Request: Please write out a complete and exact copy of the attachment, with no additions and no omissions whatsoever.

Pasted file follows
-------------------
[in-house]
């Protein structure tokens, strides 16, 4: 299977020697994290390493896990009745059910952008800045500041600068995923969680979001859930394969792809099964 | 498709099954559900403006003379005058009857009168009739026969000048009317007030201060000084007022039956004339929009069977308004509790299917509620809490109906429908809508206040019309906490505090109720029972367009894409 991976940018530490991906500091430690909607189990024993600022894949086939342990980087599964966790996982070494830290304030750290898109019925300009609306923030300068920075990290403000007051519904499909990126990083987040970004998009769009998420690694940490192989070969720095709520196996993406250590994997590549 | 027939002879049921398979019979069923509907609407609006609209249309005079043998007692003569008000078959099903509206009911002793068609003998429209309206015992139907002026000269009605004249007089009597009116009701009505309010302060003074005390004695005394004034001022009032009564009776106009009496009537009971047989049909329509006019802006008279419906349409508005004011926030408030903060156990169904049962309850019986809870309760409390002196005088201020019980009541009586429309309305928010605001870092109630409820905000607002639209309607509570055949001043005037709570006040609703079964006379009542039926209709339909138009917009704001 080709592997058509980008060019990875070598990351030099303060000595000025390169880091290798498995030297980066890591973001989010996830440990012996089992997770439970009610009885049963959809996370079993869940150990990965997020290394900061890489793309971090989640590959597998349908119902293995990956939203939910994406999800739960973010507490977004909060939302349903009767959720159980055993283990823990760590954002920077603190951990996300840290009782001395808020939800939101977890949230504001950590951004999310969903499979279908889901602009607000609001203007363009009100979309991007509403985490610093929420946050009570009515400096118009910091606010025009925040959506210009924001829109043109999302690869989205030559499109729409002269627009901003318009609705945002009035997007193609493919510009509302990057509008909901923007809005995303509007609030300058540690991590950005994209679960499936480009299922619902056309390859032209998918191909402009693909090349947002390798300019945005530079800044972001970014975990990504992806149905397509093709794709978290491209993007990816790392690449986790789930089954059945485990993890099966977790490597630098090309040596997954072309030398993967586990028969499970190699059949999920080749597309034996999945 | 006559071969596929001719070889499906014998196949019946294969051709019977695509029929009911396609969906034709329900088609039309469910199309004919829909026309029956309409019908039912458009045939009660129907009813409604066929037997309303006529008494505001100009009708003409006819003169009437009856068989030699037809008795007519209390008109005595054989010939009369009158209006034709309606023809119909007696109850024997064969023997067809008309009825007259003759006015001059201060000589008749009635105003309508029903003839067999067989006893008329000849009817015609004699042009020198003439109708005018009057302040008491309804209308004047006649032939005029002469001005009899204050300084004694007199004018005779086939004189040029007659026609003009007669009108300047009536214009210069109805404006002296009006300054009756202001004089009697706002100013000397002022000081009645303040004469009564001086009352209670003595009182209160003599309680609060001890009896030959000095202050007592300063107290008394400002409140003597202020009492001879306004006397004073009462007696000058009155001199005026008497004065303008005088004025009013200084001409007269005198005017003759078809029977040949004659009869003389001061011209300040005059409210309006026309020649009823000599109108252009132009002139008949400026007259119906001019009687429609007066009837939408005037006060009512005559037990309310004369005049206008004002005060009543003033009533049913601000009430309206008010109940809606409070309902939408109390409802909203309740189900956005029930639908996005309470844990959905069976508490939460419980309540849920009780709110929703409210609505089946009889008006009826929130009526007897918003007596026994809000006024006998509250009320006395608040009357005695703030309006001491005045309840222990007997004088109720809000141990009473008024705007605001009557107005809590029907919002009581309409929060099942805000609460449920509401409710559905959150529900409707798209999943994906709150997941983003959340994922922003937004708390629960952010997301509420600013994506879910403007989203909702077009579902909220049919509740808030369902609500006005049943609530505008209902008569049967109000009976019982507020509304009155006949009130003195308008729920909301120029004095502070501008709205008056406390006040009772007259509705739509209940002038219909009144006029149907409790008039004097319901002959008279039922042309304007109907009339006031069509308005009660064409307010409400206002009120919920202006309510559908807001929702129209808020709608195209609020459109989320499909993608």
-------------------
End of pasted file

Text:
[in-house]
């Protein structure tokens, strides 16, 4: 299977020697994290390493896990009745059910952008800045500041600068995923969680979001859930394969792809099964 | 498709099954559900403006003379005058009857009168009739026969000048009317007030201060000084007022039956004339929009069977308004509790299917509620809490109906429908809508206040019309906490505090109720029972367009894409 991976940018530490991906500091430690909607189990024993600022894949086939342990980087599964966790996982070494830290304030750290898109019925300009609306923030300068920075990290403000007051519904499909990126990083987040970004998009769009998420690694940490192989070969720095709520196996993406250590994997590549 | 027939002879049921398979019979069923509907609407609006609209249309005079043998007692003569008000078959099903509206009911002793068609003998429209309206015992139907002026000269009605004249007089009597009116009701009505309010302060003074005390004695005394004034001022009032009564009776106009009496009537009971047989049909329509006019802006008279419906349409508005004011926030408030903060156990169904049962309850019986809870309760409390002196005088201020019980009541009586429309309305928010605001870092109630409820905000607002639209309607509570055949001043005037709570006040609703079964006379009542039926209709339909138009917009704001 080709592997058509980008060019990875070598990351030099303060000595000025390169880091290798498995030297980066890591973001989010996830440990012996089992997770439970009610009885049963959809996370079993869940150990990965997020290394900061890489793309971090989640590959597998349908119902293995990956939203939910994406999800739960973010507490977004909060939302349903009767959720159980055993283990823990760590954002920077603190951990996300840290009782001395808020939800939101977890949230504001950590951004999310969903499979279908889901602009607000609001203007363009009100979309991007509403985490610093929420946050009570009515400096118009910091606010025009925040959506210009924001829109043109999302690869989205030559499109729409002269627009901003318009609705945002009035997007193609493919510009509302990057509008909901923007809005995303509007609030300058540690991590950005994209679960499936480009299922619902056309390859032209998918191909402009693909090349947002390798300019945005530079800044972001970014975990990504992806149905397509093709794709978290491209993007990816790392690449986790789930089954059945485990993890099966977790490597630098090309040596997954072309030398993967586990028969499970190699059949999920080749597309034996999945 | 006559071969596929001719070889499906014998196949019946294969051709019977695509029929009911396609969906034709329900088609039309469910199309004919829909026309029956309409019908039912458009045939009660129907009813409604066929037997309303006529008494505001100009009708003409006819003169009437009856068989030699037809008795007519209390008109005595054989010939009369009158209006034709309606023809119909007696109850024997064969023997067809008309009825007259003759006015001059201060000589008749009635105003309508029903003839067999067989006893008329000849009817015609004699042009020198003439109708005018009057302040008491309804209308004047006649032939005029002469001005009899204050300084004694007199004018005779086939004189040029007659026609003009007669009108300047009536214009210069109805404006002296009006300054009756202001004089009697706002100013000397002022000081009645303040004469009564001086009352209670003595009182209160003599309680609060001890009896030959000095202050007592300063107290008394400002409140003597202020009492001879306004006397004073009462007696000058009155001199005026008497004065303008005088004025009013200084001409007269005198005017003759078809029977040949004659009869003389001061011209300040005059409210309006026309020649009823000599109108252009132009002139008949400026007259119906001019009687429609007066009837939408005037006060009512005559037990309310004369005049206008004002005060009543003033009533049913601000009430309206008010109940809606409070309902939408109390409802909203309740189900956005029930639908996005309470844990959905069976508490939460419980309540849920009780709110929703409210609505089946009889008006009826929130009526007897918003007596026994809000006024006998509250009320006395608040009357005695703030309006001491005045309840222990007997004088109720809000141990009473008024705007605001009557107005809590029907919002009581309409929060099942805000609460449920509401409710559905959150529900409707798209999943994906709150997941983003959340994922922003937004708390629960952010997301509420600013994506879910403007989203909702077009579902909220049919509740808030369902609500006005049943609530505008209902008569049967109000009976019982507020509304009155006949009130003195308008729920909301120029004095502070501008709205008056406390006040009772007259509705739509209940002038219909009144006029149907409790008039004097319901002959008279039922042309304007109907009339006031069509308005009660064409307010409400206002009120919920202006309510559908807001929702129209808020709608195209609020459109989320499909993608």